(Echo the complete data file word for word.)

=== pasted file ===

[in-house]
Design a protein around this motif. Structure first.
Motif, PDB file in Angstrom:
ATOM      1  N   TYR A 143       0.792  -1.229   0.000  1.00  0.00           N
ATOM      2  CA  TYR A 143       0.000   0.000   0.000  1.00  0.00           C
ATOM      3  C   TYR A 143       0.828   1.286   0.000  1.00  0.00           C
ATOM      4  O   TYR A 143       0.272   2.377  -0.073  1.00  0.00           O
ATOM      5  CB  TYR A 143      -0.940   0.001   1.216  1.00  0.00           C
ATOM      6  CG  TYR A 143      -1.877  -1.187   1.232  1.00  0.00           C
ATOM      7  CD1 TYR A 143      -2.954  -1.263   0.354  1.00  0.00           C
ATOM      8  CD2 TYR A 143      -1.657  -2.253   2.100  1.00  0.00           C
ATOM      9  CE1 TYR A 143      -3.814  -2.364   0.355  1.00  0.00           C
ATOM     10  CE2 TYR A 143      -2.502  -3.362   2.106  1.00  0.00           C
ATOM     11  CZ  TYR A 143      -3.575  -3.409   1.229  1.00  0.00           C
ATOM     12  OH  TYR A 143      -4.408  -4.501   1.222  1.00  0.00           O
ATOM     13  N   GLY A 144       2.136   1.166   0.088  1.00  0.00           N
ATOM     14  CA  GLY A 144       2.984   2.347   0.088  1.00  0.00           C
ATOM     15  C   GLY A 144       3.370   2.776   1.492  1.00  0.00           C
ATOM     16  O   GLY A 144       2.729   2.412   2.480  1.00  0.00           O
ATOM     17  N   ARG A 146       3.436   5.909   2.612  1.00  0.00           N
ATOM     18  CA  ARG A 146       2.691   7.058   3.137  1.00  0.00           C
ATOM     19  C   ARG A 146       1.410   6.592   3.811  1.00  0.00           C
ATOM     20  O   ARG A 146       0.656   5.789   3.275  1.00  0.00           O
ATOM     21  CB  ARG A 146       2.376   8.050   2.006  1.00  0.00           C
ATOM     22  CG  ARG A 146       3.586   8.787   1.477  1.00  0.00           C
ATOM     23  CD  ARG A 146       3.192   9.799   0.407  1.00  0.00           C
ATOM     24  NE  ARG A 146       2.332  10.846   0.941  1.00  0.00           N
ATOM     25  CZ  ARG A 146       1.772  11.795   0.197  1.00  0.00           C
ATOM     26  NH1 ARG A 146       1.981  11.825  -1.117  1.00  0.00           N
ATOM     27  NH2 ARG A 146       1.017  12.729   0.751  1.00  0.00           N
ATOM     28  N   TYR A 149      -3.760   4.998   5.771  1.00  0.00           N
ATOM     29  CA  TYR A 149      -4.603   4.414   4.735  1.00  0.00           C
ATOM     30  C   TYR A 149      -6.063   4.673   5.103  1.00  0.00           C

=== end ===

[in-house]
Design a protein around this motif. Structure first.
Motif, PDB file in Angstrom:
ATOM      1  N   TYR A 143       0.792  -1.229   0.000  1.00  0.00           N
ATOM      2  CA  TYR A 143       0.000   0.000   0.000  1.00  0.00           C
ATOM      3  C   TYR A 143       0.828   1.286   0.000  1.00  0.00           C
ATOM      4  O   TYR A 143       0.272   2.377  -0.073  1.00  0.00           O
ATOM      5  CB  TYR A 143      -0.940   0.001   1.216  1.00  0.00           C
ATOM      6  CG  TYR A 143      -1.877  -1.187   1.232  1.00  0.00           C
ATOM      7  CD1 TYR A 143      -2.954  -1.263   0.354  1.00  0.00           C
ATOM      8  CD2 TYR A 143      -1.657  -2.253   2.100  1.00  0.00           C
ATOM      9  CE1 TYR A 143      -3.814  -2.364   0.355  1.00  0.00           C
ATOM     10  CE2 TYR A 143      -2.502  -3.362   2.106  1.00  0.00           C
ATOM     11  CZ  TYR A 143      -3.575  -3.409   1.229  1.00  0.00           C
ATOM     12  OH  TYR A 143      -4.408  -4.501   1.222  1.00  0.00           O
ATOM     13  N   GLY A 144       2.136   1.166   0.088  1.00  0.00           N
ATOM     14  CA  GLY A 144       2.984   2.347   0.088  1.00  0.00           C
ATOM     15  C   GLY A 144       3.370   2.776   1.492  1.00  0.00           C
ATOM     16  O   GLY A 144       2.729   2.412   2.480  1.00  0.00           O
ATOM     17  N   ARG A 146       3.436   5.909   2.612  1.00  0.00           N
ATOM     18  CA  ARG A 146       2.691   7.058   3.137  1.00  0.00           C
ATOM     19  C   ARG A 146       1.410   6.592   3.811  1.00  0.00           C
ATOM     20  O   ARG A 146       0.656   5.789   3.275  1.00  0.00           O
ATOM     21  CB  ARG A 146       2.376   8.050   2.006  1.00  0.00           C
ATOM     22  CG  ARG A 146       3.586   8.787   1.477  1.00  0.00           C
ATOM     23  CD  ARG A 146       3.192   9.799   0.407  1.00  0.00           C
ATOM     24  NE  ARG A 146       2.332  10.846   0.941  1.00  0.00           N
ATOM     25  CZ  ARG A 146       1.772  11.795   0.197  1.00  0.00           C
ATOM     26  NH1 ARG A 146       1.981  11.825  -1.117  1.00  0.00           N
ATOM     27  NH2 ARG A 146       1.017  12.729   0.751  1.00  0.00           N
ATOM     28  N   TYR A 149      -3.760   4.998   5.771  1.00  0.00           N
ATOM     29  CA  TYR A 149      -4.603   4.414   4.735  1.00  0.00           C
ATOM     30  C   TYR A 149      -6.063   4.673   5.103  1.00  0.00           C